The newspaper “Uber Boxer" is a handout for a theatre play about two old boxers, their dreams and their failure. Designed by Zeitgeist and printed by Newspaper Club.

Über Boxer

Traditional tabloid printed on salmon newsprint

For a production of Über Boxer at Theater Tuchlaube Aarau, design agency Zeitgeist printed this knockout programme. "Theater doesn't start when the curtain opens," says Zeitgeist, but as soon as the audience arrives. That's why it was important for this programme to evoke "the mood of a real boxing event decades ago." The newspaper not only introduces the plot and cast, but is referenced itself during the play.

The Pink is a revival of the Football Echo, a much-loved newspaper distributed on Merseyside in the 90’s that focussed on the past weekend’s football. The paper was known colloquially as ‘The Pink’, after it’s pink newsprint. This self-initiated project reimagines the format - instead using content written for fans, by fans. The paper includes a pull-out poster on the centre spread, focusing on an iconic moment in Liverpool FC’s history. Printed by Newspaper Club.

The Pink

Digital broadsheet printed on 55gsm improved newsprint

Fans of Merseyside's defunct Football Echo (known colloquially as "The Pink" after its pink newsprint) rejoice: the much-loved publication, which recapped the past weekend’s football, is back – sort of. This self-initiated project from designer Joel Smith, originally from Merseyside himself, reimagines the format with new content written by fans.

"The biggest problem I came across was printing on what appeared to be pink newsprint," says Smith. "As the salmon newsprint Newspaper Club offers wasn't quite the right colour, I printed a pink background on a broadsheet and trimmed it down to give a full bleed effect."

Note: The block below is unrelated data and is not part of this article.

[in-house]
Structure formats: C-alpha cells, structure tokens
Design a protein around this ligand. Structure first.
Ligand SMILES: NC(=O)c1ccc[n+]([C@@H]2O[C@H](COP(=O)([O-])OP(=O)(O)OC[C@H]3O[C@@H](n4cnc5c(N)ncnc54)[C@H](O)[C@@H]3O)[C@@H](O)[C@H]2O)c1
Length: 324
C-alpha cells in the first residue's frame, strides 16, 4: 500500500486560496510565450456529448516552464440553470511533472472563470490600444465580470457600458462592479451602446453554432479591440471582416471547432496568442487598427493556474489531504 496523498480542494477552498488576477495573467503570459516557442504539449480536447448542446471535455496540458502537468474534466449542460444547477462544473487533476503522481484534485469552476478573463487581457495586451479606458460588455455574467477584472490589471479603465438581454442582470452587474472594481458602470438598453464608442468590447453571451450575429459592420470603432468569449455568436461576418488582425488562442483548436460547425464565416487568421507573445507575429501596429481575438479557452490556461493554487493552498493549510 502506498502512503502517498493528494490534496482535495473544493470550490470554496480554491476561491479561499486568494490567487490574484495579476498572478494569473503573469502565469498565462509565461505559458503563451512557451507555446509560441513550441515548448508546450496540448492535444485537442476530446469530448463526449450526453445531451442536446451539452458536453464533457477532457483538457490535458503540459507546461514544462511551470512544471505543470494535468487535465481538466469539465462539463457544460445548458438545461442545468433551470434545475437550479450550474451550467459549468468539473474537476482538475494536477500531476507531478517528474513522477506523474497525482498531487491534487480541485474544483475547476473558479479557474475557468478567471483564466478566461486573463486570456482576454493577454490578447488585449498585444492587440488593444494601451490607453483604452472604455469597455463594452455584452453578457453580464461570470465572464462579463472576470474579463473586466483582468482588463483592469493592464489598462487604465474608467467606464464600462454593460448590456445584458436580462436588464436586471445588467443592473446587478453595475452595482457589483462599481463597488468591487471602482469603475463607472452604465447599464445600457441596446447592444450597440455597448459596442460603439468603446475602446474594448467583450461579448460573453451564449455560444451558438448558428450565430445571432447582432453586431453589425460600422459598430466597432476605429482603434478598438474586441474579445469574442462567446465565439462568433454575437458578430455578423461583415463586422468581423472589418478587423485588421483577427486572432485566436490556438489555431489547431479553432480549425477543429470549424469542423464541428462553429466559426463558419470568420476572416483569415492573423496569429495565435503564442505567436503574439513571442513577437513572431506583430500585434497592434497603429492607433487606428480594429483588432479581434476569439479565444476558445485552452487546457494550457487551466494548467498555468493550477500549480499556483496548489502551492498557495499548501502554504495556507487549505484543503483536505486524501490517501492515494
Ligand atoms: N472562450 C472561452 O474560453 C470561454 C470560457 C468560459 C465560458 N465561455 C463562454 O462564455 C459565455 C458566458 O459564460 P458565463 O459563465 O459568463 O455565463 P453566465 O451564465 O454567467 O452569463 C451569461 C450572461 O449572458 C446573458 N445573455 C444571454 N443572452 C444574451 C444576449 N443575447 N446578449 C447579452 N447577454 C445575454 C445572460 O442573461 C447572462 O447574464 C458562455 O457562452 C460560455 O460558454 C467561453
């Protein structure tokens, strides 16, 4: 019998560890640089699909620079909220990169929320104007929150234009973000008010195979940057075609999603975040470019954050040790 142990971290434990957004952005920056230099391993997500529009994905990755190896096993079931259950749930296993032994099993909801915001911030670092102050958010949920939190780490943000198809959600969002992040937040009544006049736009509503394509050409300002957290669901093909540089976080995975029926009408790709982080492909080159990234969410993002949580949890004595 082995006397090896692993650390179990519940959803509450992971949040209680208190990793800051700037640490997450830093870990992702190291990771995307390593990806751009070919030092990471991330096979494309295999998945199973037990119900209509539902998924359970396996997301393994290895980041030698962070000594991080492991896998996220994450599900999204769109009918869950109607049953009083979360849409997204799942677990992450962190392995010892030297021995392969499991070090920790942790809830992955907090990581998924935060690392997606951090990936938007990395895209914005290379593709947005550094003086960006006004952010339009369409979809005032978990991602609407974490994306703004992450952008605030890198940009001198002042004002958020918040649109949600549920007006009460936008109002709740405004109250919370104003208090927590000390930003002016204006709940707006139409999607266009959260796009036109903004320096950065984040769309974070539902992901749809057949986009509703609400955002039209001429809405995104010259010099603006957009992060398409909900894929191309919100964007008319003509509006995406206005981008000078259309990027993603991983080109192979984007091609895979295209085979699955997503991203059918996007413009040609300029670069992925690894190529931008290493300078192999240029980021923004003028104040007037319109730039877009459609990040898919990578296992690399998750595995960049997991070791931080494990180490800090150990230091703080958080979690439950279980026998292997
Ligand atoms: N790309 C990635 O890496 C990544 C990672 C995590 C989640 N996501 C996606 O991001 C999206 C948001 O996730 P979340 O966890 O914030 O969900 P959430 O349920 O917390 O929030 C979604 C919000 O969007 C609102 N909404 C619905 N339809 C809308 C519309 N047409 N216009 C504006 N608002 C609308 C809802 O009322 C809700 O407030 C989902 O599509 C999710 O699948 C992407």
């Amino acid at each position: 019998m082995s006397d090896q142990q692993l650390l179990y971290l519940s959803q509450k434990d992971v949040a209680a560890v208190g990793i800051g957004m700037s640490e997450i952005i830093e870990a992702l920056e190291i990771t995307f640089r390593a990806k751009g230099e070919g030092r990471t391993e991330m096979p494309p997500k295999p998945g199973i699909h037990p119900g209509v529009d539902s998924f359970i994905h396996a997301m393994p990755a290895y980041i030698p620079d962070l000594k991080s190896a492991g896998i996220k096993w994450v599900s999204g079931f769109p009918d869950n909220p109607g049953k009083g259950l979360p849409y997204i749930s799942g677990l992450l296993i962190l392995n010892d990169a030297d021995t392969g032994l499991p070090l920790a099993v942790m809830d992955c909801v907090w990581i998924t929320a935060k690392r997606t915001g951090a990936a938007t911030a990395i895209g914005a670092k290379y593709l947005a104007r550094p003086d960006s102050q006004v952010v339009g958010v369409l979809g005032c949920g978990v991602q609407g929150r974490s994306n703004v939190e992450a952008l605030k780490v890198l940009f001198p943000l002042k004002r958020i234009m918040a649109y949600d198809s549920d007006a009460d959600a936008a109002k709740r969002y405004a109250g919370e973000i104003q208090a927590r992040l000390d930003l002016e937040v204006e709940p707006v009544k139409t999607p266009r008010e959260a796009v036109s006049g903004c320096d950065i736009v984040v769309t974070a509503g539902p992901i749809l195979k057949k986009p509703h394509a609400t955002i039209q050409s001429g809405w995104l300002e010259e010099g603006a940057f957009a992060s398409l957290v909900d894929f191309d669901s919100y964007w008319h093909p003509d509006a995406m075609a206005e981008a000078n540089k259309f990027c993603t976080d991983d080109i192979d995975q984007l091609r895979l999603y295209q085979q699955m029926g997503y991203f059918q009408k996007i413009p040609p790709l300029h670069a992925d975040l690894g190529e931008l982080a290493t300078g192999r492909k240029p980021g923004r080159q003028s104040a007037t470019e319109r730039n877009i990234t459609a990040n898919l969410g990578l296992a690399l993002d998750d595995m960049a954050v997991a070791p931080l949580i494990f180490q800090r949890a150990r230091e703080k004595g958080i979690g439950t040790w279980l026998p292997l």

Laura Spring Textile Catalogue. Printed by Newspaper Club.

Laura Spring catalogue

Digital tabloid printed on 55gsm improved newsprint

From her studio in Glasgow, Laura Spring transforms print designs into bold accessories, homewares and stationery. Her products made for a lively display at Clerkenwell Design Week this year, and she also created a newspaper for the occasion.

"It's always good to have some nice printed material for people to take away so they remember your company," says Spring. "We wanted to try something different with this show. We really like the texture of newspaper and it offered us great value and plenty of space to present our work." Shout out to studio assistant Cecilia Stamp for the design!

Tales Through Others' Eyes illustrated newspaper by Victoria Galloway. Printed by Newspaper Club.

Tales Through Others' Eyes

Digital tabloid printed on 55gsm improved newsprint

We'd like to dive into the pages of illustrator Victoria Galloway's dreamy newspaper. Inspired by childhood adventures, Tales Through Others' Eyes is a journey through a world of swimmers and stargazers. "Using a newspaper helped me develop a simple idea into a story," says Galloway, a student at Ulster University in Northern Ireland. "I was able to experiment with layouts and see my tiny drawings on a much bigger scale."

Max Lamb Exercises in Seating exhibition catalogue. Printed by Newspaper Club.

Max Lamb's Exercises in Seating

Traditional mini printed on 52gsm recycled newsprint